For Lovers Worldwide
Valley Tourism to Increase Courtship Outside U.S. Border
Tourism officials in the Shenandoah Valley are reaching beyond the nation’s borders to attract travelers.
The push is part of a statewide effort to position Virginia as a top travel destination for foreigners.
For the Valley, that means marketing the region’s offerings — especially its historical and outdoor opportunities — well outside of Virginia and the metro Washington, D.C., area.
Wooing the World
“For the past two or three years, and particularly this year, [we have] shifted our marketing in several ways,” said Zenaida Hall, director of the Shenandoah Valley Travel Association. “D.C. is still the primary market, but we’re [also] looking internationally.”
In particular, the SVTA is looking north to Canada, where Interstate 81 ends at its northern terminus. The highway, which winds through the Shenandoah Valley from Winchester to Roanoke, is a popular route for Canadians driving to and from Florida.
Statewide, international visitors spent a record $390 million in Virginia last year, a 21 percent increase from 2010. Tourists from Canada spent the most at about $148 million, up 11 percent over the previous year, according to economic data released in September by Gov. Bob McDonnell’s office.
International tourism figures for the Shenandoah Valley were not available. However, overall tourism revenues for the Valley surpassed $2 billion last year, an 8.6 percent jump from 2010. Tourism-supported jobs exceeded 20,000 regionally.
As part of the SVTA’s efforts to ramp up international marketing, Hall made a trip to Canada with the Virginia Tourism Corporation this month to meet with travel trade organizers and media. It marked the SVTA’s first Canadian trip, but more are likely to follow, Hall said.
“We’re planning to do more media and sales missions and really think out of the box,” she said. “In addition to pushing marketing, there’s a lot of media outreach by the association.”
Tourists Explore Options
It’s well known in the tourism industry that international travelers generally stay longer and spend more. In 2011, the average length of stay in Virginia for international visitors was 14 days.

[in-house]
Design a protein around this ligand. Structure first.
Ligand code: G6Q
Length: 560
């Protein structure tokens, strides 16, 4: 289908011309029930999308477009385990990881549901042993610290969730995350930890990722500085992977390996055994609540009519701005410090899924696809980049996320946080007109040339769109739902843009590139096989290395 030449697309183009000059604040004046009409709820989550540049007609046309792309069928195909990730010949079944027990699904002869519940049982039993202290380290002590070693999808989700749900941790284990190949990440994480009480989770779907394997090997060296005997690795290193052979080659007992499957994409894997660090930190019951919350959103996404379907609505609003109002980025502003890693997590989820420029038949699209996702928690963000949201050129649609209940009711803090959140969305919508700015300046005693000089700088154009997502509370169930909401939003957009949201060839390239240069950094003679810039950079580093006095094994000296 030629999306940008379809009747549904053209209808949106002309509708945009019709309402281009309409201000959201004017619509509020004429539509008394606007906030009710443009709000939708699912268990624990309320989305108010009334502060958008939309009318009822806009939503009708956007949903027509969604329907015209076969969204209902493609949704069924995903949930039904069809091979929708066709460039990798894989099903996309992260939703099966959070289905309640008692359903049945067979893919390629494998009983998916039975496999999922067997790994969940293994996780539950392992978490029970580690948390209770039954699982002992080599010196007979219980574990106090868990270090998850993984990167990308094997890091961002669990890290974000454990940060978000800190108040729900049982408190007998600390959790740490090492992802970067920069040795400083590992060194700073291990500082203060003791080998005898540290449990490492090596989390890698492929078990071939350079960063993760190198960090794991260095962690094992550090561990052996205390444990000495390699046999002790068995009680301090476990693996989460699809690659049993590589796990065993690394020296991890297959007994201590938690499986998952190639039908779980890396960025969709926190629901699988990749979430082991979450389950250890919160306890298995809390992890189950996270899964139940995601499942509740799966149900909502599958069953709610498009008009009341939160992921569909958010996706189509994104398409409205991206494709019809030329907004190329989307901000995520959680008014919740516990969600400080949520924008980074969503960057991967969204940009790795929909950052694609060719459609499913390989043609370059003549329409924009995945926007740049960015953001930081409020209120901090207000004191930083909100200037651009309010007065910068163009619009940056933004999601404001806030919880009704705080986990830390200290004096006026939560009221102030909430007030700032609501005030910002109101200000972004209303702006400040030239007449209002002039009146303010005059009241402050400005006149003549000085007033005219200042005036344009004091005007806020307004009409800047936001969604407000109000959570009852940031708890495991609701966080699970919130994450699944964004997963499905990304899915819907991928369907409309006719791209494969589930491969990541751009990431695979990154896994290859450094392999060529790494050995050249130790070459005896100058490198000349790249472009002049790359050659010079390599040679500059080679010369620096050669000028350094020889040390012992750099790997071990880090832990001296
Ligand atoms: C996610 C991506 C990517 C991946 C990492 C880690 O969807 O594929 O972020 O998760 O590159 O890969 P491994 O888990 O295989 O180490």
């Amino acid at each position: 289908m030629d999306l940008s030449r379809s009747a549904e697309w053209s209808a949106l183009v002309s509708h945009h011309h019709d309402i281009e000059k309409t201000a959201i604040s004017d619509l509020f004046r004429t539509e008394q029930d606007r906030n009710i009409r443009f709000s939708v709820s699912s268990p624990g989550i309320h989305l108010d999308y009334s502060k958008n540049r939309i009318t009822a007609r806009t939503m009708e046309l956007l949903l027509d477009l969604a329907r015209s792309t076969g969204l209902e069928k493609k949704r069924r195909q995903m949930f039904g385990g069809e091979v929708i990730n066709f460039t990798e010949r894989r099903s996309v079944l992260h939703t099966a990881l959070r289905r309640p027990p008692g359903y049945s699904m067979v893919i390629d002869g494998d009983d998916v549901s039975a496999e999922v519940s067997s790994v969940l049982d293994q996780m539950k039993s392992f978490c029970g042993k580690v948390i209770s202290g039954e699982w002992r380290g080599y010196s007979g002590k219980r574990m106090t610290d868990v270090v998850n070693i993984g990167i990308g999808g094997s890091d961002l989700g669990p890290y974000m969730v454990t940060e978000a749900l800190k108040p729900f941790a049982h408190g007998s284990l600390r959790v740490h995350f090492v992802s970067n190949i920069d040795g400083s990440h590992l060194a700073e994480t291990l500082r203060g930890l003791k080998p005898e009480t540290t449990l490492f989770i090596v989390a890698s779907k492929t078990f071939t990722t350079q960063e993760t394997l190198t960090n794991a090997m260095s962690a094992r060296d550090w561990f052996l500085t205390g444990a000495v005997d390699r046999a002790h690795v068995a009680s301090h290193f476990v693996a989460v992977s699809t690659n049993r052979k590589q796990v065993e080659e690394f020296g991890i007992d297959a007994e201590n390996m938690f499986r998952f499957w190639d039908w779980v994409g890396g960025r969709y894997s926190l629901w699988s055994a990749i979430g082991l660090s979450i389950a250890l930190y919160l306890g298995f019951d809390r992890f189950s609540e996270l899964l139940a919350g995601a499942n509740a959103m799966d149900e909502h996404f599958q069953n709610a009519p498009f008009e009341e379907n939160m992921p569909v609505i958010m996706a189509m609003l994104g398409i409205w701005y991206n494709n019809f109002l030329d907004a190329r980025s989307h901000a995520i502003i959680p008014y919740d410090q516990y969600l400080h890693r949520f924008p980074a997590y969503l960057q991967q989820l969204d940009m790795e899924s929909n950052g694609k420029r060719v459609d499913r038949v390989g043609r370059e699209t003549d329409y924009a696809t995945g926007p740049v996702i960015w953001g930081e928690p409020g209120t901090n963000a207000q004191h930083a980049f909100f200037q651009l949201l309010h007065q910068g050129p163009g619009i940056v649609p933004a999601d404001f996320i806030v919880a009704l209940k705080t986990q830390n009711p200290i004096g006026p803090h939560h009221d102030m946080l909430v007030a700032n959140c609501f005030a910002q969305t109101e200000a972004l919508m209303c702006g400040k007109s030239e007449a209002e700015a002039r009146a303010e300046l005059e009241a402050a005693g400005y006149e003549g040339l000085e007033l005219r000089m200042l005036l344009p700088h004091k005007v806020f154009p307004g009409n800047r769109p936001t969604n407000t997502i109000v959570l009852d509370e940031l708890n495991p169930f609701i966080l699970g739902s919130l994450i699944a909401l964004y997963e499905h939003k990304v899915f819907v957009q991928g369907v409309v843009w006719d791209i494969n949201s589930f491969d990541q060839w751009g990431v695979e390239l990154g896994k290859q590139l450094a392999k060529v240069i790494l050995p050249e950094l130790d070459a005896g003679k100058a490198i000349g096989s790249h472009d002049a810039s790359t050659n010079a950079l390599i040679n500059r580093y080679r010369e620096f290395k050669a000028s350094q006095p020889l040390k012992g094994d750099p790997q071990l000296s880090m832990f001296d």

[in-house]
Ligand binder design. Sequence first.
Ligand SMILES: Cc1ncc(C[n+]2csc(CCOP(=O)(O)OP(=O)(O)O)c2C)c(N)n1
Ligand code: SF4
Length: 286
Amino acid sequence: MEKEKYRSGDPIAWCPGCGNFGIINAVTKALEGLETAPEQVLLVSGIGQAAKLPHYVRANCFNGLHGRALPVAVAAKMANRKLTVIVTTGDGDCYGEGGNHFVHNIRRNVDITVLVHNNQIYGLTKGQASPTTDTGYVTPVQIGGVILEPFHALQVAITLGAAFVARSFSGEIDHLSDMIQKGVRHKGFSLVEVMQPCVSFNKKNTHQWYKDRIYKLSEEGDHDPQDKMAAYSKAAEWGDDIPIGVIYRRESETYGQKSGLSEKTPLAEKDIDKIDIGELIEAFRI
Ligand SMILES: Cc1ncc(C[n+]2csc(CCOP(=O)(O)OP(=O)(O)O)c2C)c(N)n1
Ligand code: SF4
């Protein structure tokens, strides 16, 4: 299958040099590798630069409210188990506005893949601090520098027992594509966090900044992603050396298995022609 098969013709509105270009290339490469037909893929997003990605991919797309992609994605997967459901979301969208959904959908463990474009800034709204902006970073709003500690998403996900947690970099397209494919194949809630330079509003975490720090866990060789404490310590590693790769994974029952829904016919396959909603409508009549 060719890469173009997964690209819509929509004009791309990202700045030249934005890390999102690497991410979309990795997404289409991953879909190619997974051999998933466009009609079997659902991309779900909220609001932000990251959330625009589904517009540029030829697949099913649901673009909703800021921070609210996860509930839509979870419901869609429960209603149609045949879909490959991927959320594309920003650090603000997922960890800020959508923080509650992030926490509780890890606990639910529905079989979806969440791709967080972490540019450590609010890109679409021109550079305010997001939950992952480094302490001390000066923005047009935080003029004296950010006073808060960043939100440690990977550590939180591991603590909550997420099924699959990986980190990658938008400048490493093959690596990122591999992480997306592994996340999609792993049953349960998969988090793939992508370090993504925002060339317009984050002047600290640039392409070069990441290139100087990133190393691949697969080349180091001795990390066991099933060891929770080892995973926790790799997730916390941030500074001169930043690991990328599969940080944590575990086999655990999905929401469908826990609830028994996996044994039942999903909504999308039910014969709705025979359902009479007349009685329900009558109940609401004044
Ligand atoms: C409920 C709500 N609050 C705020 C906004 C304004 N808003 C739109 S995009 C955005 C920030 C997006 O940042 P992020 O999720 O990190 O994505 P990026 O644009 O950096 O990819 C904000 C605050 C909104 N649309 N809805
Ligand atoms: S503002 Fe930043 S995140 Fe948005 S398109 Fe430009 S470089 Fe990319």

And while they might not spend two weeks in the Valley, overseas tourists who fly into Dulles International Airport near Washington, D.C., are more likely to branch out and spend a few nights in other areas within close driving proximity of the nation’s capital.
“Sometimes, they’re here [in the U.S.] on holiday for a month,” said Brenda Black, executive director of Harrisonburg Tourism. “They’re coming into our area and then maybe down to Charlottesville. We know travelers want to explore a little more in the region.”
Both the SVTA and Harrisonburg Tourism — in conjunction with the Virginia Tourism Corp., the state’s tourism office — partner with Capital Region USA, a marketing organization that promotes Washington, D.C., Virginia and Maryland internationally.
Spotlighting Local Attractions
Last year, Harrisonburg Tourism ran a monthlong media blitz in D.C., advertising at the Metro Center.
“So when you came off the subway,” Black said, “you saw our marketing [materials] and banners.”
The city’s tourism office has emphasized the central Valley’s growing reputation as a cycling destination in marketing to Canadian travelers. Cycling events, she noted, are especially popular among Canadian visitors.
Building name recognition for the Valley and its communities is among the SVTA’s top marketing priorities, Hall said.
That means highlighting specific places, such as downtown Harrisonburg, and landmarks that showcase the region as a four-season destination.
“We, as a region, have really matured and have more to offer than in years past in terms of what’s known and visible,” Hall said. “That’s the dialogue we want out there about the Shenandoah Valley.”
Contact Doug Manners at 574-6293 or email@example.com